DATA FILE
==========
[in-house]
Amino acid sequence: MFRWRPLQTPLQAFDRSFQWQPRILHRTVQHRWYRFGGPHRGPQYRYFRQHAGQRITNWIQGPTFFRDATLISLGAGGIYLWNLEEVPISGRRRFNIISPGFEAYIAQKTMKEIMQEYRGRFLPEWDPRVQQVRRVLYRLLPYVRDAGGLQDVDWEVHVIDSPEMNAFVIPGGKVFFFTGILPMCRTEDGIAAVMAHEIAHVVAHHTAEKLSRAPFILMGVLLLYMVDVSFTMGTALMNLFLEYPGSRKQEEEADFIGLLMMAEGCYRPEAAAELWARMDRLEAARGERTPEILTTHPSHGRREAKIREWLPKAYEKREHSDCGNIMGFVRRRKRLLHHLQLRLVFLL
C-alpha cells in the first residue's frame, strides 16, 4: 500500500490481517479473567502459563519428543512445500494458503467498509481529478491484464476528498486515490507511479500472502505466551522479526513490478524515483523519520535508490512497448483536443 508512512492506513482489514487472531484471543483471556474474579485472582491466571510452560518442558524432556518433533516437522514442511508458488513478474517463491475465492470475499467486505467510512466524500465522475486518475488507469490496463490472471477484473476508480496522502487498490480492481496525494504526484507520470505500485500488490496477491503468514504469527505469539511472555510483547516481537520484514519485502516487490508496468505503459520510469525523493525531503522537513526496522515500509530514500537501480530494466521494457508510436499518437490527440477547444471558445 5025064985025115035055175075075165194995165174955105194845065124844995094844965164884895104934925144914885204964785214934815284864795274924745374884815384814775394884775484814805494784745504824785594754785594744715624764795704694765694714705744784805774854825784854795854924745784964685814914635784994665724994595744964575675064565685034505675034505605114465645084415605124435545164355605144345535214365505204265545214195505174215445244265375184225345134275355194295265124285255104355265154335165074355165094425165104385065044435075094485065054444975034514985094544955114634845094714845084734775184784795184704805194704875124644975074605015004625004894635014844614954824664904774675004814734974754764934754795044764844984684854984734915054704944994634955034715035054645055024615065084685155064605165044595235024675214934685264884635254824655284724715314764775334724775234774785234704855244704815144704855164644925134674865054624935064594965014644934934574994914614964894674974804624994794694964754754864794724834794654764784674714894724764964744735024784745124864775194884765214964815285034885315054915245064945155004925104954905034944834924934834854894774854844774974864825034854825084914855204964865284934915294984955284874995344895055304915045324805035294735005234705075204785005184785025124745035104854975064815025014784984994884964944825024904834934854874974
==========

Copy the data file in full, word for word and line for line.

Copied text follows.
[in-house]
Amino acid sequence: MFRWRPLQTPLQAFDRSFQWQPRILHRTVQHRWYRFGGPHRGPQYRYFRQHAGQRITNWIQGPTFFRDATLISLGAGGIYLWNLEEVPISGRRRFNIISPGFEAYIAQKTMKEIMQEYRGRFLPEWDPRVQQVRRVLYRLLPYVRDAGGLQDVDWEVHVIDSPEMNAFVIPGGKVFFFTGILPMCRTEDGIAAVMAHEIAHVVAHHTAEKLSRAPFILMGVLLLYMVDVSFTMGTALMNLFLEYPGSRKQEEEADFIGLLMMAEGCYRPEAAAELWARMDRLEAARGERTPEILTTHPSHGRREAKIREWLPKAYEKREHSDCGNIMGFVRRRKRLLHHLQLRLVFLL
C-alpha cells in the first residue's frame, strides 16, 4: 500500500490481517479473567502459563519428543512445500494458503467498509481529478491484464476528498486515490507511479500472502505466551522479526513490478524515483523519520535508490512497448483536443 508512512492506513482489514487472531484471543483471556474474579485472582491466571510452560518442558524432556518433533516437522514442511508458488513478474517463491475465492470475499467486505467510512466524500465522475486518475488507469490496463490472471477484473476508480496522502487498490480492481496525494504526484507520470505500485500488490496477491503468514504469527505469539511472555510483547516481537520484514519485502516487490508496468505503459520510469525523493525531503522537513526496522515500509530514500537501480530494466521494457508510436499518437490527440477547444471558445 5025064985025115035055175075075165194995165174955105194845065124844995094844965164884895104934925144914885204964785214934815284864795274924745374884815384814775394884775484814805494784745504824785594754785594744715624764795704694765694714705744784805774854825784854795854924745784964685814914635784994665724994595744964575675064565685034505675034505605114465645084415605124435545164355605144345535214365505204265545214195505174215445244265375184225345134275355194295265124285255104355265154335165074355165094425165104385065044435075094485065054444975034514985094544955114634845094714845084734775184784795184704805194704875124644975074605015004625004894635014844614954824664904774675004814734974754764934754795044764844984684854984734915054704944994634955034715035054645055024615065084685155064605165044595235024675214934685264884635254824655284724715314764775334724775234774785234704855244704815144704855164644925134674865054624935064594965014644934934574994914614964894674974804624994794694964754754864794724834794654764784674714894724764964744735024784745124864775194884765214964815285034885315054915245064945155004925104954905034944834924934834854894774854844774974864825034854825084914855204964865284934915294984955284874995344895055304915045324805035294735005234705075204785005184785025124745035104854975064815025014784984994884964944825024904834934854874974